Film Reviews, News & Competitions

 
 


Thelma

 
 
Film Information
 

Plot: A young girl starts to develop new romantic feelings which are accompanied by strange abilities.
Release Date: 26th Feb 2018
Format: DVD | Blu-ray | VOD
Director(s): Joachim Trier
Cast: Eili Harboe, Kaya Wilkins, Henrik Rafaelsen, Ellen Dorrit Petersen, Ludvig Algeback and Isabel Christine Andreasen
BBFC Certificate: 15
Running Time: 1hr 56mins
Country Of Origin: Norway
Language: Norwegian
Review By: Alex Moss
Genre: , , ,
 
Film Rating
 
 
 
 
 
4/ 5


 

Bottom Line


A delicately powerful film, shot with stunning visuals and injected with heartbreaking sadness. Thelma is a beautiful film that defies genre.


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Posted February 25, 2018 by

 
Film Review
 
 

Mainstream cinema is currently in the throws of a love affair with all things superhero. In an era when there is political turmoil and a fear of the future, superheroes offer a form of much needed escapism. But for the most part the likes of Marvel and DC follow a tried and tested formula that doesn’t so much defy genre as define it.

Thankfully, independent cinema loves to go against the grain. Thelma is a film that takes the idea of a superpower and paints it in a provocative and fresh light. The narrative of Thelma covers in two hours what most superhero films cover in a flashback in 3 minutes. The results are a haunting and beautiful story that gets in your head and quietly resides there with its feet up, drinking a cup of tea.

Leaving her religious family for the first time Thelma (Eili Harboe) heads to university. Isolated and unable to make friends Thelma begins to suffer from a series of seizures, the results of which seem to have an impact beyond her body. Breaking free from her overprotective parents and religious ways Thelma embarks on a relationship with Anja (Kaya Wilkins) but with her sexual awakening Thelma’s powers take on terrifying new forms and hark back to a tragedy in her family’s past.

Director Joachim Trier, having ventured to America with his last film Louder Than Bombs, returns to his native Scandinavia to sparse and stunning effect. The world of Thelma is reminiscent of Let The Right One In but with a hint of a silver lining just offering to break through the grey clouds. It conjures a haunting atmosphere, one which allows us to fully invest in Thelma finding her place in the world. On paper this is Carrie but told with a sense of wonder rather than horror, a coming of age story as told by John Hughes with a fantasy element. Think Blue Is The Warmest Colour with telekinetic abilities.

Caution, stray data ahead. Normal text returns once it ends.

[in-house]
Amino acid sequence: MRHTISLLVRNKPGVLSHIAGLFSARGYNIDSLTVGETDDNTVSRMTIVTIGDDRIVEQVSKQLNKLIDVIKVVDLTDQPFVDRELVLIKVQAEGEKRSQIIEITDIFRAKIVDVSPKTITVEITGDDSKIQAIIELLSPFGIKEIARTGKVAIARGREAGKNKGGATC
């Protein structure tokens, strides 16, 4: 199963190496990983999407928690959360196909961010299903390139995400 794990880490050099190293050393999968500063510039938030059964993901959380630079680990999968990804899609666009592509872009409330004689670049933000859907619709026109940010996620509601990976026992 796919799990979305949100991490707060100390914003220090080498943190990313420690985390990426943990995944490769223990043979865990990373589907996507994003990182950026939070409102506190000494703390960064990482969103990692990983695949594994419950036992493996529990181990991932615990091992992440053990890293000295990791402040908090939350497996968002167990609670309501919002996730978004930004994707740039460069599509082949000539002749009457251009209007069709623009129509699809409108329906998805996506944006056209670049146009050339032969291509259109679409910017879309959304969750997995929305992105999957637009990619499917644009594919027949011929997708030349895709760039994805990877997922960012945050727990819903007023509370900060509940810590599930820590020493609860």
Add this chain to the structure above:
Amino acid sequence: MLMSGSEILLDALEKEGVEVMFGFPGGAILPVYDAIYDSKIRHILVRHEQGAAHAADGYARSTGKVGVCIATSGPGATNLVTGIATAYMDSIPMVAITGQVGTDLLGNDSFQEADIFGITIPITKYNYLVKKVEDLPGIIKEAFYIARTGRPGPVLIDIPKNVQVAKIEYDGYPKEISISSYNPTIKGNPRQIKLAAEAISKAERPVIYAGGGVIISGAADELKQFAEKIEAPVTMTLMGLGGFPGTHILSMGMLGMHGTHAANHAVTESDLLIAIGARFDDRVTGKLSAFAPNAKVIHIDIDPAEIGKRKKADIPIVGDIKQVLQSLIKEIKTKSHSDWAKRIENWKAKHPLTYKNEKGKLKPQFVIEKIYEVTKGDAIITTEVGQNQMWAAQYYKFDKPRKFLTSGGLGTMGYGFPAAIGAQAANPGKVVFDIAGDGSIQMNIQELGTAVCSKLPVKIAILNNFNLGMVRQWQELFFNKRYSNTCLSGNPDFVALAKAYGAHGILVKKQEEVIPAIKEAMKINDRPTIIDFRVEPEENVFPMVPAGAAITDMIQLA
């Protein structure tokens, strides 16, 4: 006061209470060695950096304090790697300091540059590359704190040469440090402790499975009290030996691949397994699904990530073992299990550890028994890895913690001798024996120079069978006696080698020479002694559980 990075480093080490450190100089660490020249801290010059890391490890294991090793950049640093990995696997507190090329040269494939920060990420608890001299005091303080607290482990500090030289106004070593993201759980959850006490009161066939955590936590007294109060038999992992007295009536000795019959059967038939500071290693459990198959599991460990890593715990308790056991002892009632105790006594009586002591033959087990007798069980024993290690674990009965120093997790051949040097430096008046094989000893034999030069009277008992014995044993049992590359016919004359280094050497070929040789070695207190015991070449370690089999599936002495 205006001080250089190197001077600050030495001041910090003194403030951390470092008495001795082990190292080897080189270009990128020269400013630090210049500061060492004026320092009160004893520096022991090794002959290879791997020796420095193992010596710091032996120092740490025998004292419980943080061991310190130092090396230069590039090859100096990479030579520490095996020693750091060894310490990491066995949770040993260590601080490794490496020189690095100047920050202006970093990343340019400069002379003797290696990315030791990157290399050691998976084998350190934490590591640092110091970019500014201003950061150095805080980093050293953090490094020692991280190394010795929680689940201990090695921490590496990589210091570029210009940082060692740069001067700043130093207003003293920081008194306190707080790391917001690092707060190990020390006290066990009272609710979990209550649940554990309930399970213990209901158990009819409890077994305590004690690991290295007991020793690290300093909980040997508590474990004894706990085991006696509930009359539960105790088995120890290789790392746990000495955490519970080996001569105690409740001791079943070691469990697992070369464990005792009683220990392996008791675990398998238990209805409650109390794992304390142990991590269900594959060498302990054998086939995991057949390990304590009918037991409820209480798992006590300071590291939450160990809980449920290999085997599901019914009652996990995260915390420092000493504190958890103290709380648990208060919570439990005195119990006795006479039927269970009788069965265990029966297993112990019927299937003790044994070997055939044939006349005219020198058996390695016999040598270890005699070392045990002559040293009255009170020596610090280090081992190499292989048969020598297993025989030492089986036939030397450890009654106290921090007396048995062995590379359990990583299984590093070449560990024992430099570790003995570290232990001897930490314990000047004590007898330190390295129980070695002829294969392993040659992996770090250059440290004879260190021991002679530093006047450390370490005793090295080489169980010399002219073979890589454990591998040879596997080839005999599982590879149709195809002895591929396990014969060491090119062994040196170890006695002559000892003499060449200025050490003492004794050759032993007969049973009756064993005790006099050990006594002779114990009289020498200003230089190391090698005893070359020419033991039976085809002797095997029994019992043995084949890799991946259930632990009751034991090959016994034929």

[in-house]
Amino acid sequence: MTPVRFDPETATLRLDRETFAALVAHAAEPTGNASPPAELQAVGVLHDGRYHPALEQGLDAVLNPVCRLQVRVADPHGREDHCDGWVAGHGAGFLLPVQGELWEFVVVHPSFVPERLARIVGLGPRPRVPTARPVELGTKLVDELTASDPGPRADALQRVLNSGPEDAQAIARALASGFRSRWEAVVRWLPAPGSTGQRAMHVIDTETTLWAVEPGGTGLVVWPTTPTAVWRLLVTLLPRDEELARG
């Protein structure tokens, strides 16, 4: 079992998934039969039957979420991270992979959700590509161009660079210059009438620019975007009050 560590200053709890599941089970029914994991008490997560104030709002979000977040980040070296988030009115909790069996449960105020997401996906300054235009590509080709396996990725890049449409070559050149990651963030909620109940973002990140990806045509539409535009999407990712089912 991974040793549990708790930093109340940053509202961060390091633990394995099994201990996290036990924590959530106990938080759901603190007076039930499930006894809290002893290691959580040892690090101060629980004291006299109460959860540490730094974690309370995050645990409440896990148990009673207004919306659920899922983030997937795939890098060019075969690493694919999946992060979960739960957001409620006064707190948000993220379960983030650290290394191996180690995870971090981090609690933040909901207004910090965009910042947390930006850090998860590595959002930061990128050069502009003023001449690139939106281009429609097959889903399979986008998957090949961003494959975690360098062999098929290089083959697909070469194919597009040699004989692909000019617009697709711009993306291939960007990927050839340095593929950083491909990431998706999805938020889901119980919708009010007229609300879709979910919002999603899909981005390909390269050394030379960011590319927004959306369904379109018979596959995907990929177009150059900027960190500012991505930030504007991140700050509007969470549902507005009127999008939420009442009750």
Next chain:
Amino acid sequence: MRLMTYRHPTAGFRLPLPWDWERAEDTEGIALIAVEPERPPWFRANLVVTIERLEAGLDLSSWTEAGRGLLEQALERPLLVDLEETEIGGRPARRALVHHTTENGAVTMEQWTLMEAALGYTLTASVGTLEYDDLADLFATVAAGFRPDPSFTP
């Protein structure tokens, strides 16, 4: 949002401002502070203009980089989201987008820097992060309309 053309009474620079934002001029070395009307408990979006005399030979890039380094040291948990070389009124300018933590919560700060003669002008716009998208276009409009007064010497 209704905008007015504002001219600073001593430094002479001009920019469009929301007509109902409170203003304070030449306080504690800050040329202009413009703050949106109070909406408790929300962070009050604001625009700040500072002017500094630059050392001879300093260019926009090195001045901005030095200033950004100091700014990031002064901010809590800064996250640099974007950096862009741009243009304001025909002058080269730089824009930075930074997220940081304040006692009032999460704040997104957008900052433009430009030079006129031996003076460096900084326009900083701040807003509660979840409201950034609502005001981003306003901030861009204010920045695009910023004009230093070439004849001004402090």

In the title role Harboe is a revelation. Like a teenage Alicia Vikander she imbues Thelma with a sense of outward insecurity and fragility with just enough inner resolve to make you think there is more than meets the eye. Watching her go from shrinking violet to something more is a genuine treat. It is the kind of performance that will certainly see Harboe being thought of by Hollywood as something fresh.

A delicately powerful film, shot with stunning visuals and injected with heartbreaking sadness. Thelma is a beautiful film that defies genre.


Alex Moss Editor

 
Alex Moss’ obsession with film began the moment he witnessed the Alien burst forth from John Hurt’s stomach. It was perhaps ill-advised to witness this aged 6 but much like the beast within Hurt, he became infected by a parasite called ‘Movies’. Rarely away from his computer or a big screen, as he muses on Cinematic Deities, Alex is “more machine now than man. His mind is twisted and evil”. Email: alex.moss@filmjuice.com


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